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10% of adults say they self-test BP

Almost 10% of the adult population are self-testing their blood pressure, a survey suggests.

People were more likely to have done so if they had a university degree, were retired, lived in an affluent area or had a chronic illness.

The study of almost 3,000 men and women found those who had tested BP at home were also more likely to have used other self-tests – for cholesterol and glucose, for example.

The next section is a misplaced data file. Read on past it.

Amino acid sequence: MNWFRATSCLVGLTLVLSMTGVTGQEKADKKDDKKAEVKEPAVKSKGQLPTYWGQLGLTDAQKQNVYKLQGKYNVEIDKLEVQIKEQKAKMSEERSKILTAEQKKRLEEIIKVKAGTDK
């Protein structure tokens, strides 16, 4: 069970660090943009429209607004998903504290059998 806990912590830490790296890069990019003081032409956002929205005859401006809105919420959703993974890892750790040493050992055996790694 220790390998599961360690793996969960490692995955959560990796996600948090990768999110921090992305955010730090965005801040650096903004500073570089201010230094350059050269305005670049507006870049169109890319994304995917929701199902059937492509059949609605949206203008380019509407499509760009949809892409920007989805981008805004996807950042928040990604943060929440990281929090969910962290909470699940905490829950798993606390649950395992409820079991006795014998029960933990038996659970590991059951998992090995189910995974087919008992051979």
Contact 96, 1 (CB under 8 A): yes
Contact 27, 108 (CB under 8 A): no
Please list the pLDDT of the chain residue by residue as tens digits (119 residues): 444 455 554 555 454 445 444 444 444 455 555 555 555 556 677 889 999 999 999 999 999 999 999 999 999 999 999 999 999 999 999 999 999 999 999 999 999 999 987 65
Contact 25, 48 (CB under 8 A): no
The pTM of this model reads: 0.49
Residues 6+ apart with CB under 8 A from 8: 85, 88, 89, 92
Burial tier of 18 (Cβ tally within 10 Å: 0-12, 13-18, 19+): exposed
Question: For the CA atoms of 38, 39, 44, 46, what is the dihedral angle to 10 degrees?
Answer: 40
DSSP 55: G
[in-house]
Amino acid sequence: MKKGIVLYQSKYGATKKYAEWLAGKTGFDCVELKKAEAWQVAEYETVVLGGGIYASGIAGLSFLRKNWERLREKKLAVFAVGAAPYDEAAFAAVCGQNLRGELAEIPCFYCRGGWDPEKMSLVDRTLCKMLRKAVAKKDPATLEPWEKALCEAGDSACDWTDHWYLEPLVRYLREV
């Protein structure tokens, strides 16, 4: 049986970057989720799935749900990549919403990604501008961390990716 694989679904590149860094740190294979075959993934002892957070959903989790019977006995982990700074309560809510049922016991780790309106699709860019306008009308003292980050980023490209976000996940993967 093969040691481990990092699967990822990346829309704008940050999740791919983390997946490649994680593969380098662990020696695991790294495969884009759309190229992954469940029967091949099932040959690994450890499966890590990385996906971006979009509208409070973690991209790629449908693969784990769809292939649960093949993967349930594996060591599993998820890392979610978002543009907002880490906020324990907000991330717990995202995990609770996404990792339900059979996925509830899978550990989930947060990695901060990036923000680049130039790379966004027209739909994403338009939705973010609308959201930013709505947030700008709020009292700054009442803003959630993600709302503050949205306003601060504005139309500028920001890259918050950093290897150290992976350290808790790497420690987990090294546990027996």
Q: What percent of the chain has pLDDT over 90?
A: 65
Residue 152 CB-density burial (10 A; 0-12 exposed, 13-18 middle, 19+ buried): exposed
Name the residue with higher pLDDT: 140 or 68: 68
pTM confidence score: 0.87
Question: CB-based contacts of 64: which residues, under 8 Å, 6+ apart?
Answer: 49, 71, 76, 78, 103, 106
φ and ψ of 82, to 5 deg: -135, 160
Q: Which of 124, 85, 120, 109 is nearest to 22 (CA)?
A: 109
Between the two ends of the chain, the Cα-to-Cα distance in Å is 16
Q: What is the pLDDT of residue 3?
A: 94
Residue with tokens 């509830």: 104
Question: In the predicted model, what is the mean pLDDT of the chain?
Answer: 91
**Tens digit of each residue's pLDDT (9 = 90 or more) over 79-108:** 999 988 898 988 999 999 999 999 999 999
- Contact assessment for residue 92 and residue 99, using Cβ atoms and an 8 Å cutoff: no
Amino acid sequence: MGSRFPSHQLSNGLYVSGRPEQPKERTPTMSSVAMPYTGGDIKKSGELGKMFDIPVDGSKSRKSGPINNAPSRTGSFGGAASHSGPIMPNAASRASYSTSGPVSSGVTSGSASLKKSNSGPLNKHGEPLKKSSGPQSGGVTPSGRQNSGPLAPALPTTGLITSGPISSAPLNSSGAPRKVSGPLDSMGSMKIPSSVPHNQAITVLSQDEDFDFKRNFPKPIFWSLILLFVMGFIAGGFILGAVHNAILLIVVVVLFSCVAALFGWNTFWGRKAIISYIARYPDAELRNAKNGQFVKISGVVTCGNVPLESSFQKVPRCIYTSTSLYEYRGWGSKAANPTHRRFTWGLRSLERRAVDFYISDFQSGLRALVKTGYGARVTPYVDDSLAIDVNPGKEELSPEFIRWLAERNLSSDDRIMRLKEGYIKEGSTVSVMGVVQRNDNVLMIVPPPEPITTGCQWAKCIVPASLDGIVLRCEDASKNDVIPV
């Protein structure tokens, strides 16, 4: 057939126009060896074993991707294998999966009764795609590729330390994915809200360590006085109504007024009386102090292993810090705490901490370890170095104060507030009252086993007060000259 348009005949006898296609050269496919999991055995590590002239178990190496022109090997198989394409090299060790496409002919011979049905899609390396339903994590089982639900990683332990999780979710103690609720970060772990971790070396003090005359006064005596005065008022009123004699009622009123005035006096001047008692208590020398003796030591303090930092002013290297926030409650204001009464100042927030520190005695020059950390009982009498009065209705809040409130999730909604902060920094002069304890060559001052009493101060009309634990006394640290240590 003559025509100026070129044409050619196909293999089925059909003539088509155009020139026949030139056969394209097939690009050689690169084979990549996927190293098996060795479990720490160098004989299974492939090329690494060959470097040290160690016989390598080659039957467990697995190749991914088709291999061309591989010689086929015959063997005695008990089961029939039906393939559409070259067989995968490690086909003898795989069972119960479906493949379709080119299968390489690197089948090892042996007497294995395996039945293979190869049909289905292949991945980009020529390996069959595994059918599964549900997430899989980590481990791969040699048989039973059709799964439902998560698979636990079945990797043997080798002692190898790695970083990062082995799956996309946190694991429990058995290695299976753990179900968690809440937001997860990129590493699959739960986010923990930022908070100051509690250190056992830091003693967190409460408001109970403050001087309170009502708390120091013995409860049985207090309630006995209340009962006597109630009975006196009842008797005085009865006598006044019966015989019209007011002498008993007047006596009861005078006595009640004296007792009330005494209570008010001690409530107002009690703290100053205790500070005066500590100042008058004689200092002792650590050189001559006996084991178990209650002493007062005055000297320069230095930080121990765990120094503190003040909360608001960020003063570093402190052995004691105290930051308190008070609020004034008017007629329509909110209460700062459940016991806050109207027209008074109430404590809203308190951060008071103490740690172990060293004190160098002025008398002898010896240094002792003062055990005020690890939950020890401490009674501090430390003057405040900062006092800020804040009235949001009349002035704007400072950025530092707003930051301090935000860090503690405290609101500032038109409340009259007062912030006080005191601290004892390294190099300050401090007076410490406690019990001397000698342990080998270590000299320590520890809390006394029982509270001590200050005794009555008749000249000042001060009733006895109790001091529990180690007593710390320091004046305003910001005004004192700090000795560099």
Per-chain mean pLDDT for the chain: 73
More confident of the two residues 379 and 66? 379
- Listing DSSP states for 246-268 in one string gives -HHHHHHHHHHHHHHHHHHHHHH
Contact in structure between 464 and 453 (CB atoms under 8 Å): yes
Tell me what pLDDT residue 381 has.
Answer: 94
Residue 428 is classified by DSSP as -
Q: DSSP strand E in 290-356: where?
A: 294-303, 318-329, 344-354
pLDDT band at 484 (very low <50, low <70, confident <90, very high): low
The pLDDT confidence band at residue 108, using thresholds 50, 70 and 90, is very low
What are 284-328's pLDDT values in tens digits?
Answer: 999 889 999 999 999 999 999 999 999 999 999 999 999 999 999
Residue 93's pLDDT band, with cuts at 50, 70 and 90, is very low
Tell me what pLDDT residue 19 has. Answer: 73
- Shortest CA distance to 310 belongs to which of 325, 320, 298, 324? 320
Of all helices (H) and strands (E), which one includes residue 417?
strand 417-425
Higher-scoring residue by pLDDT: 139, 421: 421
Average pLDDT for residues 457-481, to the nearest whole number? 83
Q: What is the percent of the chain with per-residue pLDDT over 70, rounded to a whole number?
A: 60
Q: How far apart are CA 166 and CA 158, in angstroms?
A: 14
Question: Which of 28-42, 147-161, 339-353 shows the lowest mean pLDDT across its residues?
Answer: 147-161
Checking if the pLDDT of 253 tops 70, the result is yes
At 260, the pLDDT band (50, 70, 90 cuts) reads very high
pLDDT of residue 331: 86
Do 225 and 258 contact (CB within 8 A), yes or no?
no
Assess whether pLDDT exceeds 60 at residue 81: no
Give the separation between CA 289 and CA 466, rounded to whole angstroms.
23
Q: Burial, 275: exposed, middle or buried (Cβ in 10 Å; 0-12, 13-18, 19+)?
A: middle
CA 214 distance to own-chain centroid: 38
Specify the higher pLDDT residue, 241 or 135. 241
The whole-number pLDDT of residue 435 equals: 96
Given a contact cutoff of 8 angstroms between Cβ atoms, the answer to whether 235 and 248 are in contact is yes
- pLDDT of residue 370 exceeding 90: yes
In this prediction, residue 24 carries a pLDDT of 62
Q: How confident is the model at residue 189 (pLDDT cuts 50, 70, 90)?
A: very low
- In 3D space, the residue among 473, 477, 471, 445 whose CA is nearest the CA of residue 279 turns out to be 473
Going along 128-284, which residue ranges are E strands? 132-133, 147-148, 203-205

But the University of Birmingham researchers warned significant problems with self-testing remained, including inaccurate sphygmomanometers and lack of staff training.

Study leader Dr Richard McManus, senior lecturer in primary care at the university and a GP, said the benefits of self-testing included better control of hypertension and a reduced 'white coat' effect.

The study is published in the September issue of Journal of Human Hypertension.

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